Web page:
Blake, played by Josiah Pehrson, and Joy, played by Rachel Platt, in ‘Neighborhood 3: Requisition of Doom’ (Phillip Franck/Vanderbilt University)
Vanderbilt University Theatre will perform Neighborhood 3: Requisition of Doom, a dark comedy centering on teens who become addicted to an online horror video game—with a blurring between real and virtual—at Neely Auditorium Nov. 2-10.
The production is directed by Steve Moulds, a Fred Coe visiting artist who is also a playwright and alumnus.
The show will be performed Nov. 2, 3, 9 and 10 at 8 p.m.; Nov. 4 (Sunday matinee) at 2 p.m.; and Nov. 8 at 7 p.m.
Moulds has admired Neighborhood 3, written by Jennifer Haley, ever since attending the play’s world premiere in Louisville nine years ago.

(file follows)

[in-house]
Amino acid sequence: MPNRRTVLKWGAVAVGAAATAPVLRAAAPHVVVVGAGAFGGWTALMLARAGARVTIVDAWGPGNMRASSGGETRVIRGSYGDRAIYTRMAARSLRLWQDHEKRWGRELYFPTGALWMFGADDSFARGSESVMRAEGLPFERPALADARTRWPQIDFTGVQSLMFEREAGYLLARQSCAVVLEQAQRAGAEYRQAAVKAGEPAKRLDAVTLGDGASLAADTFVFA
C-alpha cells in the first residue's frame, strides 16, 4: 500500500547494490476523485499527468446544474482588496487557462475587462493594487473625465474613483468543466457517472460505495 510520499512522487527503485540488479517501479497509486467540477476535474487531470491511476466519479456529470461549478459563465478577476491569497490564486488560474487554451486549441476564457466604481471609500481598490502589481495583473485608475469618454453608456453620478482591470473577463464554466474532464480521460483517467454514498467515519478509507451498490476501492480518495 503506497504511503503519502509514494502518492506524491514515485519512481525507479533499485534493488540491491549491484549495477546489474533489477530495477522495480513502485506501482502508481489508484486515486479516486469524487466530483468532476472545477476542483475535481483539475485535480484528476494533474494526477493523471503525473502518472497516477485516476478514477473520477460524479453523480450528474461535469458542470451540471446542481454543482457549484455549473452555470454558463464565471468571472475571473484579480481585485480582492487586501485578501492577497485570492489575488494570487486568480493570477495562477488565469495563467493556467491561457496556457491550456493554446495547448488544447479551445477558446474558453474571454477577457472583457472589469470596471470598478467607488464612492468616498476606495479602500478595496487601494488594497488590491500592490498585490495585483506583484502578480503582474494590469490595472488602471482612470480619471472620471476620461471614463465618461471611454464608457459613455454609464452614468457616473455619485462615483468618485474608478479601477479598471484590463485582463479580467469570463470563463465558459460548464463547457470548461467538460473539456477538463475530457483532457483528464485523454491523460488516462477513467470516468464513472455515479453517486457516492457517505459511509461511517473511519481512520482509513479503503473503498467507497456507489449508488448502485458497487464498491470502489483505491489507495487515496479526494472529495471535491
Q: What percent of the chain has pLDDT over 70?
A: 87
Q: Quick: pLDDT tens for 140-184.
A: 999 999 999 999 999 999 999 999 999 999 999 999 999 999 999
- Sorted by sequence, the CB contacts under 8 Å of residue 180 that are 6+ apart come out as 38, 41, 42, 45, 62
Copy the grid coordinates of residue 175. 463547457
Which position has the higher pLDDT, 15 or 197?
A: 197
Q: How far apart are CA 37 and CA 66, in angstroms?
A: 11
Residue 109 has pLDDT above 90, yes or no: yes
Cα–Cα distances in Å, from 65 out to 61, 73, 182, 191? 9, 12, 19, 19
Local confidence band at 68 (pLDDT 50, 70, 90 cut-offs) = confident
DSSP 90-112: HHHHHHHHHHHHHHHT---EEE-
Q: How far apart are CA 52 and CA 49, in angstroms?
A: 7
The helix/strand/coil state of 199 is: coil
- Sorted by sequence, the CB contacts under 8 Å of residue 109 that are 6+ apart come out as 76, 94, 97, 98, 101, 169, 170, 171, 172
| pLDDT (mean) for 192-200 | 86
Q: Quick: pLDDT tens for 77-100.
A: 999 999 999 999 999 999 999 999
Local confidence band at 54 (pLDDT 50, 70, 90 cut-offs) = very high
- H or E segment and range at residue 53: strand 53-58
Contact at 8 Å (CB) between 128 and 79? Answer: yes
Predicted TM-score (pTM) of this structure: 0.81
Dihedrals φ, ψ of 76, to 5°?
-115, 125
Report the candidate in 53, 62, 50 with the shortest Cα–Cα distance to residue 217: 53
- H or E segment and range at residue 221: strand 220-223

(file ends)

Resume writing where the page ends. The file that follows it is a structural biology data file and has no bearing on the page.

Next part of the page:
“The setting is an unsettling suburban landscape with very poor communication among the neighborhood families,” Moulds said. “The kids are all playing the newest video-game sensation, Neighborhood 3. The teens are desperate to hack their way through an army of zombies while parents become increasing worried about their children’s video-game addiction.”
Moulds noted that several members of the cast have the opportunity to play dual roles of both parent and child in the production, which he describes as “part-hilarious and part-terrifying.”
Chloe O’Dell in the role of Chelsea in ‘Neighborhood 3: Requisition of Doom’ (Phillip Franck/Vanderbilt University)
Phillip Franck, associate professor of theatre, serves as the scenic, lighting and sound designer, while the costumes were designed by students in a costume design class taught by Alexandra Sargent-Capps, principal senior lecturer in theatre. Matthew Stratton, principal senior lecturer in theatre, is the technical director.
“There is a strong emphasis on the dialogue to convey the story, with a minimum of scenery and props,” said Moulds, who earned his bachelor of arts in theatre and English from Vanderbilt in 2000. He was a writer-in-residence on campus last year, when he taught playwriting and screenwriting.